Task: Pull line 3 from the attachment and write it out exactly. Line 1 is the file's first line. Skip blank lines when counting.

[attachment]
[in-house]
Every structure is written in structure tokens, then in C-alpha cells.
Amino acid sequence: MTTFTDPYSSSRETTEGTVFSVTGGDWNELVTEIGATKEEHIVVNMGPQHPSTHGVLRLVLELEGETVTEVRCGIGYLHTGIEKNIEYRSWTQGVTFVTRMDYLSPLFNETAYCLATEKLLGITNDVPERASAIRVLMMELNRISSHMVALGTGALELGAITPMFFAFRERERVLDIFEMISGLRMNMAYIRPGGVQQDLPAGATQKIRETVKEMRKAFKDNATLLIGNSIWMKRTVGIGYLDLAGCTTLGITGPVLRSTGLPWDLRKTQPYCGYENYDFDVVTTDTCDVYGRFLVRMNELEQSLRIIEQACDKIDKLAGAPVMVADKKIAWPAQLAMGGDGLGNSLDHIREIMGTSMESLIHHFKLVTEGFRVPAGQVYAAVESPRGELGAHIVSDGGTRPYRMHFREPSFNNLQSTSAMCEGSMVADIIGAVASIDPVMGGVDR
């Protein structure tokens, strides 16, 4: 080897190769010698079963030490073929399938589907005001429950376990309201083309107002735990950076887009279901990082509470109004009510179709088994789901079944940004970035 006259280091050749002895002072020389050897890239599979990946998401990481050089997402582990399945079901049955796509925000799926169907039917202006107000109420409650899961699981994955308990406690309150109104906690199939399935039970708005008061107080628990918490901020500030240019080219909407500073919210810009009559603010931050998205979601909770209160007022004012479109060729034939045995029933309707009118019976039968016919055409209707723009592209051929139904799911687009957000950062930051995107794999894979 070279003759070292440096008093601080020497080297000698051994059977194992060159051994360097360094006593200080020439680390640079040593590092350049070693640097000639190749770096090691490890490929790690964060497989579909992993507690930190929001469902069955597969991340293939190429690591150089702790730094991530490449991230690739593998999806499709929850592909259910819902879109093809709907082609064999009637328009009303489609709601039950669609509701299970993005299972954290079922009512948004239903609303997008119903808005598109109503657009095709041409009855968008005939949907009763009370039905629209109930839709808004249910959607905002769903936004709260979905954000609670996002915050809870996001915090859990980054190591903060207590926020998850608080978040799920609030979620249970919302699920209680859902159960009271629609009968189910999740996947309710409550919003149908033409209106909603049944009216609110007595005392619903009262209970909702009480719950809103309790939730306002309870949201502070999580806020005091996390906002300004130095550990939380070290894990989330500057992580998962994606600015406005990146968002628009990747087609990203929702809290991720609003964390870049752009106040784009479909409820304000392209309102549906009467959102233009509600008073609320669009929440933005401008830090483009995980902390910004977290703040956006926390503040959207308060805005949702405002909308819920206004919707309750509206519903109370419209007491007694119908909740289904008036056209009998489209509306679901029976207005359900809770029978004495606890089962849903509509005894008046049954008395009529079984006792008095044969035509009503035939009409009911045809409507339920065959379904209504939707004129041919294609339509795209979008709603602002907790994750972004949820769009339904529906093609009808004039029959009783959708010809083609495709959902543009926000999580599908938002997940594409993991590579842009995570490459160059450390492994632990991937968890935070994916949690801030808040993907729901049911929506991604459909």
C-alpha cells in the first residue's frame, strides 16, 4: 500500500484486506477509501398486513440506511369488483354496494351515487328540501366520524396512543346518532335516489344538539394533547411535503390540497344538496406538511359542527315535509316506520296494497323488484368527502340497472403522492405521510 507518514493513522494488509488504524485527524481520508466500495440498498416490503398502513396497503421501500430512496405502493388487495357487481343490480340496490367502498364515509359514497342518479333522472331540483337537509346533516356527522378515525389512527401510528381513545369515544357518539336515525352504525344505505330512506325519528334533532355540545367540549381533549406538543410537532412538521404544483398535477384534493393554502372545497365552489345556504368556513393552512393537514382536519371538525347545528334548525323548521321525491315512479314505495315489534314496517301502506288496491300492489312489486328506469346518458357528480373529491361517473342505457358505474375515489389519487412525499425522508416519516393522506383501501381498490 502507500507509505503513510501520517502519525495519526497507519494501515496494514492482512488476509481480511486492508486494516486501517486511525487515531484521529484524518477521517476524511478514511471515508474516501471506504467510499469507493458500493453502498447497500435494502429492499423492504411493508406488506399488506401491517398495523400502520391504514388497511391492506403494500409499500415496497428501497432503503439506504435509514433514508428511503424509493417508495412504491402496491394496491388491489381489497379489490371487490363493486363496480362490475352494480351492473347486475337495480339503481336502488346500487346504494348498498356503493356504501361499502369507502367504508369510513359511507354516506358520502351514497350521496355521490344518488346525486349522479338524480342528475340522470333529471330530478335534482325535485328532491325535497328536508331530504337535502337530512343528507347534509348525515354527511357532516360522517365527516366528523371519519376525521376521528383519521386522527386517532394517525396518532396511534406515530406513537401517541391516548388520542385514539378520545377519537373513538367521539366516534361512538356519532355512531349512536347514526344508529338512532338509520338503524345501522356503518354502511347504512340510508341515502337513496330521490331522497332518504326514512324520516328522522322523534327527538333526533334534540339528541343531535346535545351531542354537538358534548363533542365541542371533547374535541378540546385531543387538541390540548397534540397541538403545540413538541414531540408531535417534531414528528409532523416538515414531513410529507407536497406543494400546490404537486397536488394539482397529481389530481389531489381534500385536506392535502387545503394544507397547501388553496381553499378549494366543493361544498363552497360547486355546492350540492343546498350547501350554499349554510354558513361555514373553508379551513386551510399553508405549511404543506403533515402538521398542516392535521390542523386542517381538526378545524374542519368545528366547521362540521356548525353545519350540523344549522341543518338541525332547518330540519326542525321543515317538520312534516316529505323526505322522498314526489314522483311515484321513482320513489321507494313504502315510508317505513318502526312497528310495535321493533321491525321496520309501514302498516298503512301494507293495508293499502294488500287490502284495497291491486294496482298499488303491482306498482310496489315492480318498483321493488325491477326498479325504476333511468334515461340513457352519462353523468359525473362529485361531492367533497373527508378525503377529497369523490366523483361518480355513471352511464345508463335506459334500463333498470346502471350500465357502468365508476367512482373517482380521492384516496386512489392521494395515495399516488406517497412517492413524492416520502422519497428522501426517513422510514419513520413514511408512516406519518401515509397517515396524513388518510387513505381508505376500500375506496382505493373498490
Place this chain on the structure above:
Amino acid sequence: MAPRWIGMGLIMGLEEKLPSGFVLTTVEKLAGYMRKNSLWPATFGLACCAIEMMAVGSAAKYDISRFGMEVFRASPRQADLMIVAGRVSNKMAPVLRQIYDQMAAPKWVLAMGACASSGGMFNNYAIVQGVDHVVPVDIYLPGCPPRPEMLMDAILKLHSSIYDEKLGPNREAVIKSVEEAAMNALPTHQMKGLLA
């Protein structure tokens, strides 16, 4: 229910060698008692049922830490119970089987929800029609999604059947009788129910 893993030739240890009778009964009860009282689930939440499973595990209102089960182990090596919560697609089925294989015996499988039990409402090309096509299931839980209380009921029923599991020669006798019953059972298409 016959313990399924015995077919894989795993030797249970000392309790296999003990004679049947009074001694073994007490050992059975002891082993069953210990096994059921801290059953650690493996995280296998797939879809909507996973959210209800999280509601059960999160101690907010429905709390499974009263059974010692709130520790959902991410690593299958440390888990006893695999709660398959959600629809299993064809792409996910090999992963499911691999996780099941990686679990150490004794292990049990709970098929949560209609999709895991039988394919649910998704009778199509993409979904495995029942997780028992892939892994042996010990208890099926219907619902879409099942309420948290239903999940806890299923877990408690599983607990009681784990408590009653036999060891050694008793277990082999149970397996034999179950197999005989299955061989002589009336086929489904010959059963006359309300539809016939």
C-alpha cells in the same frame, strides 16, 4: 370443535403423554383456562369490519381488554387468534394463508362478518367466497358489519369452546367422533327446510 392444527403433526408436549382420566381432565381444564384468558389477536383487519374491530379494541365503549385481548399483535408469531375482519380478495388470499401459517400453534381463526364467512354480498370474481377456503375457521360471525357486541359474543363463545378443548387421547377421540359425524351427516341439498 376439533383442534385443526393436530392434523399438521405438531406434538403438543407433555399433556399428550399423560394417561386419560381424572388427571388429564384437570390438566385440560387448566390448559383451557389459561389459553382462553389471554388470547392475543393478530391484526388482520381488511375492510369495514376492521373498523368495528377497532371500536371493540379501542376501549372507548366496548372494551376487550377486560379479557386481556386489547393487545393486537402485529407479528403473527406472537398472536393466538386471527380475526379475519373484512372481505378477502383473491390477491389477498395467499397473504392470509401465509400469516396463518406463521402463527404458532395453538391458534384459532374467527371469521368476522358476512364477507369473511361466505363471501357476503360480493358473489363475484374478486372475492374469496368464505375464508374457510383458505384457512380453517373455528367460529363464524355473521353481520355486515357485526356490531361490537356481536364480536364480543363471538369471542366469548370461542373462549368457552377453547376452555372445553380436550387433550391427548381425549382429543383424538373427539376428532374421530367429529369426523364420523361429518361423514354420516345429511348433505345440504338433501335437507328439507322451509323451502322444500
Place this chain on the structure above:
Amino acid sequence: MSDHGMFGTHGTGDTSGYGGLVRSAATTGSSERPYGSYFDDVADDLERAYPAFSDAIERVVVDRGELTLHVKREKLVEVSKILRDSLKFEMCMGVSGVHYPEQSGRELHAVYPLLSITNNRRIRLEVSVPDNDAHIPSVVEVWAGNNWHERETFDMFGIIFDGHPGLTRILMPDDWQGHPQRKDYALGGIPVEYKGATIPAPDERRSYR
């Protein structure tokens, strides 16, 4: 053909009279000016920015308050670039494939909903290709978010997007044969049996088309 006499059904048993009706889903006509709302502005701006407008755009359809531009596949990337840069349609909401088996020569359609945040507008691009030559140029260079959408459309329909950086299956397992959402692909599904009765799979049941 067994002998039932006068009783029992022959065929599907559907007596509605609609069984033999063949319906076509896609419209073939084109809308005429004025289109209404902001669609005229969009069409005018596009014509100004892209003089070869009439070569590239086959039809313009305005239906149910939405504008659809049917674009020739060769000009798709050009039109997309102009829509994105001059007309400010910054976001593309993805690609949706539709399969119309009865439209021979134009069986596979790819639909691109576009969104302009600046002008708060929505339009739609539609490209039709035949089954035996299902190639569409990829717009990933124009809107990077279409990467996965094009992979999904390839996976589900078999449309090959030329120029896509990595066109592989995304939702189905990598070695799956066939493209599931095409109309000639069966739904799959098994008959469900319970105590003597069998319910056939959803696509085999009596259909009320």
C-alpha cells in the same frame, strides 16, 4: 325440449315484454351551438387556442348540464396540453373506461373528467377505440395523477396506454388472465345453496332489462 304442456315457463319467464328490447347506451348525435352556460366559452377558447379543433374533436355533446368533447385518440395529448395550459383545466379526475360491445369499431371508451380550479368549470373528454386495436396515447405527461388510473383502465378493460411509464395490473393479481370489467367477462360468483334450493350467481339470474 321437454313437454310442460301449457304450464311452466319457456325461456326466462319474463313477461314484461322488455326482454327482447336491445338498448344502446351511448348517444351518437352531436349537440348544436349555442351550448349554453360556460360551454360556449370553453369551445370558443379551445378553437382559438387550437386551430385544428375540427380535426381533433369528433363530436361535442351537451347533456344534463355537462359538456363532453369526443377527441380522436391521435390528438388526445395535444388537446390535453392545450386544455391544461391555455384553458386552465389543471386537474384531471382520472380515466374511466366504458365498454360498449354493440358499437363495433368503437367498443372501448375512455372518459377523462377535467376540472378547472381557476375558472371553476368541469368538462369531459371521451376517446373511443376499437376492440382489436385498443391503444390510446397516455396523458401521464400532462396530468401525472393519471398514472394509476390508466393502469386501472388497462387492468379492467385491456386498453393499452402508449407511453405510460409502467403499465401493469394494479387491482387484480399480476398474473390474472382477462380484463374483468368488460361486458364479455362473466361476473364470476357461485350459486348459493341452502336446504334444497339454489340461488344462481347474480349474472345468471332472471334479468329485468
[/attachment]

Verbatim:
Amino acid sequence: MTTFTDPYSSSRETTEGTVFSVTGGDWNELVTEIGATKEEHIVVNMGPQHPSTHGVLRLVLELEGETVTEVRCGIGYLHTGIEKNIEYRSWTQGVTFVTRMDYLSPLFNETAYCLATEKLLGITNDVPERASAIRVLMMELNRISSHMVALGTGALELGAITPMFFAFRERERVLDIFEMISGLRMNMAYIRPGGVQQDLPAGATQKIRETVKEMRKAFKDNATLLIGNSIWMKRTVGIGYLDLAGCTTLGITGPVLRSTGLPWDLRKTQPYCGYENYDFDVVTTDTCDVYGRFLVRMNELEQSLRIIEQACDKIDKLAGAPVMVADKKIAWPAQLAMGGDGLGNSLDHIREIMGTSMESLIHHFKLVTEGFRVPAGQVYAAVESPRGELGAHIVSDGGTRPYRMHFREPSFNNLQSTSAMCEGSMVADIIGAVASIDPVMGGVDR